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Educational Toys for Babies

By: Elizabeth Grace - Updated: 31 Oct 2012 | comments*Discuss
 
Educational Toys Cognitive Development

All new parents want to help their babies learn and grow into bright imaginative children. Educational toys are popular additions to baby shower wish lists, with many expectant parents browsing stores and websites for information on the best choices.

Stimulating their Intellects
Babies come into the world ready to learn and it is up to their parents and other carers to provide intellectual stimulation. Toy designers have come to learn that consumers want and expect toys that are more than entertaining; they want toys that will encourage the physical, social, and cognitive development of babies and children. Babies utilise all of their senses in learning, so toys that are the most interesting will often appeal to one or more of the basic five senses.

Sight: Brightly coloured toys with bold designs are sure to grab the attention of little ones. Moving parts are often fascinating to young babies, as are toys with human-like faces. Sound: Toy manufacturers offer an ever-growing selection of electronic toys, some with music while others strive to teach first words.

Touch: Babies are tactile learners, so books that feature textured pages are often appealing to babies. Fuzzy pages with bunnies, and rough sandy pages showing beach scenes are good choices for growing little minds.

Smell: Most toys are designed to stimulate the above three senses, but there are books available with scented pages to help children associate aromas with objects. Manufacturers of baby dolls often utilise scents as well.

Taste: While toys themselves do not have "flavours," all parents know that babies like to put things into their mouths. In fact, that is typically the first thing that babies do with every object that gets into their hands!

Playing Together
Interacting with babies while they play is important for their social development, but parents must be careful not to "direct" babies' play, but encourage little ones to explore and utilise their inherent creativity. There aren't necessarily "right" and "wrong" ways to play with toys, as long as babies are safe, it's a good idea to allow them to find various ways to use their toys. In fact, most of the best toys for developmental advancements are those that promote creative thinking. Blocks, balls, and baby dolls may seem basic and old-fashioned, but they all encourage babies and children to decide how they will be used. Playthings that simply require that a baby pushes the same button repeatedly are not likely to be of interest for very long.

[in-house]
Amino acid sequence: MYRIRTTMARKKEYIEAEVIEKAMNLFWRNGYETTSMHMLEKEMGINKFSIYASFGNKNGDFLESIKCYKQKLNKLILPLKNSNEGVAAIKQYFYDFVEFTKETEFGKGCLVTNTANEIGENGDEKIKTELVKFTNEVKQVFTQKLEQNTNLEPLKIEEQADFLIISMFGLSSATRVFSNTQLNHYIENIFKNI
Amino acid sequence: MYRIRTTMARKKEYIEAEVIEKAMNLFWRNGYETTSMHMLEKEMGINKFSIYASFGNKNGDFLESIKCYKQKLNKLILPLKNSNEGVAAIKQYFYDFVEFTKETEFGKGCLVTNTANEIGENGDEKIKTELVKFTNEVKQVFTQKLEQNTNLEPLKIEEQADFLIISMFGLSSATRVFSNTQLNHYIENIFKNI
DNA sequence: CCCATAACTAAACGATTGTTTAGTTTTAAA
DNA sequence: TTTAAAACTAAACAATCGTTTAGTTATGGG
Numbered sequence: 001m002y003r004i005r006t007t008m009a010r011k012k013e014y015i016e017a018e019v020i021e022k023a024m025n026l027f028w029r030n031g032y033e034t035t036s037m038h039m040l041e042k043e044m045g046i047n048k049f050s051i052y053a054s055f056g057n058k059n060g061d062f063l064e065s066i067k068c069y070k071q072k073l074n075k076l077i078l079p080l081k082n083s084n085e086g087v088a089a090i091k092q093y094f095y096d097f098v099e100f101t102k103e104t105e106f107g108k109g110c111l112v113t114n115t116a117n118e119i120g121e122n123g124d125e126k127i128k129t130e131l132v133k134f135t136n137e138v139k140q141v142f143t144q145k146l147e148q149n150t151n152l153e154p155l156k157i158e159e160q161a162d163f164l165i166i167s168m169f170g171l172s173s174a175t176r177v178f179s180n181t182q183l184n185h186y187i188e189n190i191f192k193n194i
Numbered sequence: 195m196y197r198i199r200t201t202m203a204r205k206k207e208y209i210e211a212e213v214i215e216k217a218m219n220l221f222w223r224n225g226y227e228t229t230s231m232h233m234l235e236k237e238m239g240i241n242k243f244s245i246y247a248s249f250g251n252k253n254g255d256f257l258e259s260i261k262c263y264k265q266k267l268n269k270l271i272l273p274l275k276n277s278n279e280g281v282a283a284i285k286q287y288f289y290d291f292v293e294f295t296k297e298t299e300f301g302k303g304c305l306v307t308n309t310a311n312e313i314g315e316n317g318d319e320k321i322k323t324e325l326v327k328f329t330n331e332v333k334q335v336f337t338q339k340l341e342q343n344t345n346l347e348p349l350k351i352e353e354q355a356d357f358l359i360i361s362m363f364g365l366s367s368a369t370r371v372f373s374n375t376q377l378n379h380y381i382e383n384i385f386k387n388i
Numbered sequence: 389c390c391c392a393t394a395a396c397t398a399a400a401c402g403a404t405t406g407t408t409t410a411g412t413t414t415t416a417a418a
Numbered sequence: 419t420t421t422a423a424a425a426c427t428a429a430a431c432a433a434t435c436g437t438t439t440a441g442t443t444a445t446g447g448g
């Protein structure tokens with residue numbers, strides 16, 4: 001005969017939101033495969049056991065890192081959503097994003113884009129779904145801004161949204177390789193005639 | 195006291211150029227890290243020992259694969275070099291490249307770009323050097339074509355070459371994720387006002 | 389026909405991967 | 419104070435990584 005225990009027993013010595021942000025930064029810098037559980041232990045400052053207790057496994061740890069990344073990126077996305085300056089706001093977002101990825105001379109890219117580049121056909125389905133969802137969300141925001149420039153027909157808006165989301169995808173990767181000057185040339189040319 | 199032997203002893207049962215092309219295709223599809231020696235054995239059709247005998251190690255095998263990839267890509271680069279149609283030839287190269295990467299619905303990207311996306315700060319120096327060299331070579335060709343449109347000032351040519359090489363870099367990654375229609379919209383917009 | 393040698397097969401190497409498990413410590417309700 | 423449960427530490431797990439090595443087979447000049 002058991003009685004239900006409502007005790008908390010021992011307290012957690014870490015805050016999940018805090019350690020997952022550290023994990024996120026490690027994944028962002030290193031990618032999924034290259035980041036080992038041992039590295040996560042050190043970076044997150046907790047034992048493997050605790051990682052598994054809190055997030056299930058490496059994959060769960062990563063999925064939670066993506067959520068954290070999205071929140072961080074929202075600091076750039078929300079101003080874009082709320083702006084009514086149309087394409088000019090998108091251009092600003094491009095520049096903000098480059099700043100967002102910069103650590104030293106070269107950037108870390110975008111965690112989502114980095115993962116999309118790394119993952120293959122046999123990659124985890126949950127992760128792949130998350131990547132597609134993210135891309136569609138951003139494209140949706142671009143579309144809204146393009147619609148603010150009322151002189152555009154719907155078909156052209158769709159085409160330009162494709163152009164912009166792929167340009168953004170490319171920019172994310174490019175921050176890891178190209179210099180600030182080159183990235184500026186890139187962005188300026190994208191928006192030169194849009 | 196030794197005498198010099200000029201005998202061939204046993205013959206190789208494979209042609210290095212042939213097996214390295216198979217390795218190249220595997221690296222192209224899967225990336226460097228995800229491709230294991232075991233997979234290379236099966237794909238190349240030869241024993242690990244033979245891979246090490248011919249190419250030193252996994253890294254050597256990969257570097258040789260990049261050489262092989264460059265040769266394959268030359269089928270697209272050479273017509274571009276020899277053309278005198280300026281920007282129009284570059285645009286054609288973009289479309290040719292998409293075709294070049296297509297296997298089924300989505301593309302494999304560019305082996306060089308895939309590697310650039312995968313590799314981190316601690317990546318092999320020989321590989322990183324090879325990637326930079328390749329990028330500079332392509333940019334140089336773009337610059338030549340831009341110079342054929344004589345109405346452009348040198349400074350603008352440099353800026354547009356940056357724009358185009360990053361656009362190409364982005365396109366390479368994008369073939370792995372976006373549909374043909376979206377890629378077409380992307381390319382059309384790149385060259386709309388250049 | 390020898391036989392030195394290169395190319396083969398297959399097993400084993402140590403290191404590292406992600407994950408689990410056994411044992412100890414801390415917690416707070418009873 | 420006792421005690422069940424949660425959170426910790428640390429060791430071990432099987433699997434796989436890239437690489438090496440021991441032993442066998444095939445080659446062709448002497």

Locating Educational Toys
Once available exclusively at specialty shops, educational toys are now readily available at most mass merchandisers as well as online. In the UK, Brainy Days Educational Toys is an online retailer focusing their stock on toys designed to encourage the healthy growth of babies and children, carrying a number of award-winning toys from manufacturers like Orchard Toys. Information available on Brainy Days' site states, "Orchard Toy's products assist to stimulate young children's imaginations, promote social and verbal interaction and encourage literacy, numeracy and hand-eye co-ordination skills." Such assurances can be helpful to parents as they decide on purchases for their little ones.

Home Grown Educational Toys
Babies and young children are natural mimics and learn a great deal from watching the people in their everyday lives. Parents can take advantage of this characteristic in their little ones by looking for opportunities to make their interactions into valuable learning experiences.

Providing babies with an assortment of plastic bowls and wooden spoons to play with on the kitchen floor as Mum and Dad prepare meals, encourages babies to stir and "cook." They will likely also stack the bowls, both nesting them and making towers, will place them on their heads to make silly "hats," toss them about, and may try to engage their parents in an impromptu game of "peek-a-boo." All of those activities help to develop a baby's sense of imagination and creativity while encouraging their physical, social, and cognitive development.

There is nothing wrong with seeking and buying toys that manufacturers label as educational, but parents should realise that opportunities to offer their babies rich learning experiences are abundant, often by simply choosing to include their babies in the things that the family is already doing.

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